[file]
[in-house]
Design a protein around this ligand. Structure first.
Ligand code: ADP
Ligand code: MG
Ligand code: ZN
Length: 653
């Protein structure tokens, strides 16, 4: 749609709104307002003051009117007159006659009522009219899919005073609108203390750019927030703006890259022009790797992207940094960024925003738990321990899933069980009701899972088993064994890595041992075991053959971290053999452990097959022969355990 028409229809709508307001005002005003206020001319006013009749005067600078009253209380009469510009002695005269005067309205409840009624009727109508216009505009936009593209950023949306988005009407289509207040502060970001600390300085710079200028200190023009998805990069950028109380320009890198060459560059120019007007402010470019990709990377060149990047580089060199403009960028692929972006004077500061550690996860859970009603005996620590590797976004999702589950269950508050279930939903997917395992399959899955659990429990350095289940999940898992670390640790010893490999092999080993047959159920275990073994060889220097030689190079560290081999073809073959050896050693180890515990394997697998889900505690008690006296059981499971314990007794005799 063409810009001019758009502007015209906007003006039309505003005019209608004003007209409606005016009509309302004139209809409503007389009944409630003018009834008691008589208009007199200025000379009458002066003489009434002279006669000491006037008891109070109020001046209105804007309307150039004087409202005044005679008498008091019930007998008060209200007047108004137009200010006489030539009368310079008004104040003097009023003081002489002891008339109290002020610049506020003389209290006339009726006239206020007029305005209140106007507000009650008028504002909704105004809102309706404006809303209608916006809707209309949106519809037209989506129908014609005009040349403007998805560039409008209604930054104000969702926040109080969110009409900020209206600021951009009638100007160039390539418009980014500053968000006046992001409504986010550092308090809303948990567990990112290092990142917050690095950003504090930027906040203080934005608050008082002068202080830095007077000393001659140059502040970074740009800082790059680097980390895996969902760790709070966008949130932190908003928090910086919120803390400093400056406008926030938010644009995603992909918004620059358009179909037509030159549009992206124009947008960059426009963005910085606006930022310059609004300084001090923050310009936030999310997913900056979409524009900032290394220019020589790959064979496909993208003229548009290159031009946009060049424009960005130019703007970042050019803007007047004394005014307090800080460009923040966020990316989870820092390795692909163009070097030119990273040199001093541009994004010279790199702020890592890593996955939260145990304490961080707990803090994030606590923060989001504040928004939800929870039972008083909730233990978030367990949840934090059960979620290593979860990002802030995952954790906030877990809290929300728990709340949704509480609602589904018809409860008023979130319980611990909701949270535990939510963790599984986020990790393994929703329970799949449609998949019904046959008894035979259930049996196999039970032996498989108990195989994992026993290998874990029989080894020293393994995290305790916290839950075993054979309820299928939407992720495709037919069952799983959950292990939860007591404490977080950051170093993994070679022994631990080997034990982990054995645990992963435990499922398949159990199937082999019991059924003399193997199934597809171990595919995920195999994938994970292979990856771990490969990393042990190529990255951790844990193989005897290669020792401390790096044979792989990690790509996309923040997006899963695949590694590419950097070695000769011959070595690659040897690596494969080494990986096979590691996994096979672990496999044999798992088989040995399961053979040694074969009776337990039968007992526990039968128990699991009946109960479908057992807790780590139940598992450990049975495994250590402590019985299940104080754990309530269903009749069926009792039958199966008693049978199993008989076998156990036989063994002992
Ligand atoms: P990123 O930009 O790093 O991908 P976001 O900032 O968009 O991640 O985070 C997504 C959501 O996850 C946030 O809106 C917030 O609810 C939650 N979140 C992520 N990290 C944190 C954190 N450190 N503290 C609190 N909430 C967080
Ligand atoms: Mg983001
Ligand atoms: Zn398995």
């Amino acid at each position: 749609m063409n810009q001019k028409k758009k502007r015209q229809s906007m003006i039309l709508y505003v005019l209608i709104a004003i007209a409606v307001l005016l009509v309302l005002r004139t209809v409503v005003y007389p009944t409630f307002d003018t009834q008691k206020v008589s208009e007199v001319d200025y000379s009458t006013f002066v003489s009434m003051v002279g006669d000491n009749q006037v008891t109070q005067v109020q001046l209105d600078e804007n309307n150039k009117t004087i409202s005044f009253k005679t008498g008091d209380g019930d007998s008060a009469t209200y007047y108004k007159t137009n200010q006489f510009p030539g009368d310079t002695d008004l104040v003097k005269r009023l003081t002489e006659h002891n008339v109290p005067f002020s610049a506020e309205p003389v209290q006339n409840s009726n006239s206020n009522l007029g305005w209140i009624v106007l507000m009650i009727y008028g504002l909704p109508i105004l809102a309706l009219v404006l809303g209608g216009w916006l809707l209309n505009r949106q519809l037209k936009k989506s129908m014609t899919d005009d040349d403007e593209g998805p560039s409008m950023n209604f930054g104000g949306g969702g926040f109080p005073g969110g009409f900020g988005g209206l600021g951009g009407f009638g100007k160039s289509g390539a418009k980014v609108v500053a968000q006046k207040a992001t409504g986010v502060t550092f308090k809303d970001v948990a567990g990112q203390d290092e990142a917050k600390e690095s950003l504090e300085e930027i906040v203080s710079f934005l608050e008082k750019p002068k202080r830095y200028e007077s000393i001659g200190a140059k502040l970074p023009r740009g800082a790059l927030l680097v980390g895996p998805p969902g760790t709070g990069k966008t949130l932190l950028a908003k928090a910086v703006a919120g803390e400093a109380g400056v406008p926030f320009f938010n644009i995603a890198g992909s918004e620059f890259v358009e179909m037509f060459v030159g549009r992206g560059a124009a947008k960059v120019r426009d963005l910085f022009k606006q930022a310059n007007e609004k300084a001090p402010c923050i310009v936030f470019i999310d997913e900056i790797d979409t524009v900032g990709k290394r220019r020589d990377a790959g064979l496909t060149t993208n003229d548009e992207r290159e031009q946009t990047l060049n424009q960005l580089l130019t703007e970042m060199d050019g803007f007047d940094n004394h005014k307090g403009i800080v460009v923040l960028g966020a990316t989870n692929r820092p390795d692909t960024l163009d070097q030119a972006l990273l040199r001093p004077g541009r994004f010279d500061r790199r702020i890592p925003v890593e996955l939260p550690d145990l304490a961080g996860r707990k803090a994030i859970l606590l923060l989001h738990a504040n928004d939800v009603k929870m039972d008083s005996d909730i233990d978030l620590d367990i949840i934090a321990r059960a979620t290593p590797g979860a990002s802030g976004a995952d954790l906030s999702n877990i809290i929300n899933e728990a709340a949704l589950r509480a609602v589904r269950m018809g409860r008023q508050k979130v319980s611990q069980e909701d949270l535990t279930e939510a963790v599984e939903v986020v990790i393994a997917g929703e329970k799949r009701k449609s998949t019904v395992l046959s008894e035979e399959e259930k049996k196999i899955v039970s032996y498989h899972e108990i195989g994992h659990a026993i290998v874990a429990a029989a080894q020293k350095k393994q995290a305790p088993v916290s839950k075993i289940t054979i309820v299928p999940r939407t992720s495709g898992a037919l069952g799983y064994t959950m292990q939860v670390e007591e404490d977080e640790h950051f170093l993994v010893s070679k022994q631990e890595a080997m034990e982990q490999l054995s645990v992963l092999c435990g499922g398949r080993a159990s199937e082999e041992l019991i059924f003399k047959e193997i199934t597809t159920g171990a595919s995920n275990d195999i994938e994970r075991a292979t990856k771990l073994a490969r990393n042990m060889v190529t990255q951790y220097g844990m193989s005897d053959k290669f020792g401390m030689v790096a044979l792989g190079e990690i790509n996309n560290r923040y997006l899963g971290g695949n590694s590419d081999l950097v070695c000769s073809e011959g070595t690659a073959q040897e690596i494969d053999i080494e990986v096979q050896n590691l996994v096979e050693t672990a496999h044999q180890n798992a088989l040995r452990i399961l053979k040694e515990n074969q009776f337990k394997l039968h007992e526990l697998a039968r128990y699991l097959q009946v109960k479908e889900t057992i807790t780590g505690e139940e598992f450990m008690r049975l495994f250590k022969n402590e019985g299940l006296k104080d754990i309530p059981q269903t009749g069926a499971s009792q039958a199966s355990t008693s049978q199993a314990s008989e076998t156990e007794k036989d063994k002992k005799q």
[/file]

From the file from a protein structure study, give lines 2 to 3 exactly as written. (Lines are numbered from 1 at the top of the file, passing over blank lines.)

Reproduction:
Design a protein around this ligand. Structure first.
Ligand code: ADP